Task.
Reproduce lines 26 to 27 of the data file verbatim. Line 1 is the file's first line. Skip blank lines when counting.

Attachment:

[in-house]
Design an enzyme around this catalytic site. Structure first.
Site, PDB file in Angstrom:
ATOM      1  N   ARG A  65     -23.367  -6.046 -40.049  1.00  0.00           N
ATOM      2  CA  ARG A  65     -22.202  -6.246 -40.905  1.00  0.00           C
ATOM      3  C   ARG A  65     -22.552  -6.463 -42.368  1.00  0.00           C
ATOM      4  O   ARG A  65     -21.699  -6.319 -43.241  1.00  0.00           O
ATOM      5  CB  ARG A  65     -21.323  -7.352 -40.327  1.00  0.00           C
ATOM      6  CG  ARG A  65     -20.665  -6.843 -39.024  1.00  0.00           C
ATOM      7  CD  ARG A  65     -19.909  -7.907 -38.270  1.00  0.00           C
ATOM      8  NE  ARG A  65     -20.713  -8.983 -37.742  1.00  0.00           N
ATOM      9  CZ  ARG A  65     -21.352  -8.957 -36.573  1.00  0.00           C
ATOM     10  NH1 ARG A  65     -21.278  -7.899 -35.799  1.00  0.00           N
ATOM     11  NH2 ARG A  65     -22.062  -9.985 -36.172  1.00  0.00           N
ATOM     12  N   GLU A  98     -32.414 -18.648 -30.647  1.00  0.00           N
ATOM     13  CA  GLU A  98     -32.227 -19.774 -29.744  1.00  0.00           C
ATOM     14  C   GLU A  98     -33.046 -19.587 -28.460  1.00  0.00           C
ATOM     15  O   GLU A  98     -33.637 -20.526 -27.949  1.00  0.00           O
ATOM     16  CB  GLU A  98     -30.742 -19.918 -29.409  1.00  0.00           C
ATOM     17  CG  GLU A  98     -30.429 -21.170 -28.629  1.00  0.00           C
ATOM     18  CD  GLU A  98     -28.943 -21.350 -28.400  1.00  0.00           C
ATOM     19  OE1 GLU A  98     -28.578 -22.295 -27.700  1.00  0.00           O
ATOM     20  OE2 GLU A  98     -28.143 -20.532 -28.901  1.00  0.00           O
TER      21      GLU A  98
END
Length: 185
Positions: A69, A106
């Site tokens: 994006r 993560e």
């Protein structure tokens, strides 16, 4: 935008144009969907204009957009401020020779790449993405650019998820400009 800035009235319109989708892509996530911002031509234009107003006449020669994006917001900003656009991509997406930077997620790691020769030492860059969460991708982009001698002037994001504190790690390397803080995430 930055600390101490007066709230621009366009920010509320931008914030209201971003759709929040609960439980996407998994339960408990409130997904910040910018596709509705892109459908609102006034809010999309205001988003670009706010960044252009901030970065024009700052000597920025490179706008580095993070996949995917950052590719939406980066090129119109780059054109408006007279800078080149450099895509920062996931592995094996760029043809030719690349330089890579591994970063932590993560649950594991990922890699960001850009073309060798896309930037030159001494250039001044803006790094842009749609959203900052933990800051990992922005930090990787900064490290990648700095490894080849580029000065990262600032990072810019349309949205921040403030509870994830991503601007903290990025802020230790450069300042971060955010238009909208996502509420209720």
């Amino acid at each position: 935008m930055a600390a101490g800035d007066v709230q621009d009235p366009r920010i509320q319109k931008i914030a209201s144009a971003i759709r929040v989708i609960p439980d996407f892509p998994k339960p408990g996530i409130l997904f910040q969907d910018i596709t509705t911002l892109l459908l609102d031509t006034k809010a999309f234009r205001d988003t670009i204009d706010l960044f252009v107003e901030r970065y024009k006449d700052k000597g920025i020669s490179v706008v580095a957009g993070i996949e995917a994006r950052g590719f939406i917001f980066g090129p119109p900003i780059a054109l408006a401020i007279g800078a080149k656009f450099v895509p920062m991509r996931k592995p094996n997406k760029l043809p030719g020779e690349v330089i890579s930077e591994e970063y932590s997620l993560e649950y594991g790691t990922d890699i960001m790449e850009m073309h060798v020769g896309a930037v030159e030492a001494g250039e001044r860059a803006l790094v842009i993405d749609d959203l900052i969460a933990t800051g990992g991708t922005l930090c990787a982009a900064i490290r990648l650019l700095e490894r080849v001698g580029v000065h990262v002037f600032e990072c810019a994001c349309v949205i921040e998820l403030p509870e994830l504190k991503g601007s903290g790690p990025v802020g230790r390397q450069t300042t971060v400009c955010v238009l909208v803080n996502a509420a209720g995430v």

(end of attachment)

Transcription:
Length: 185
Positions: A69, A106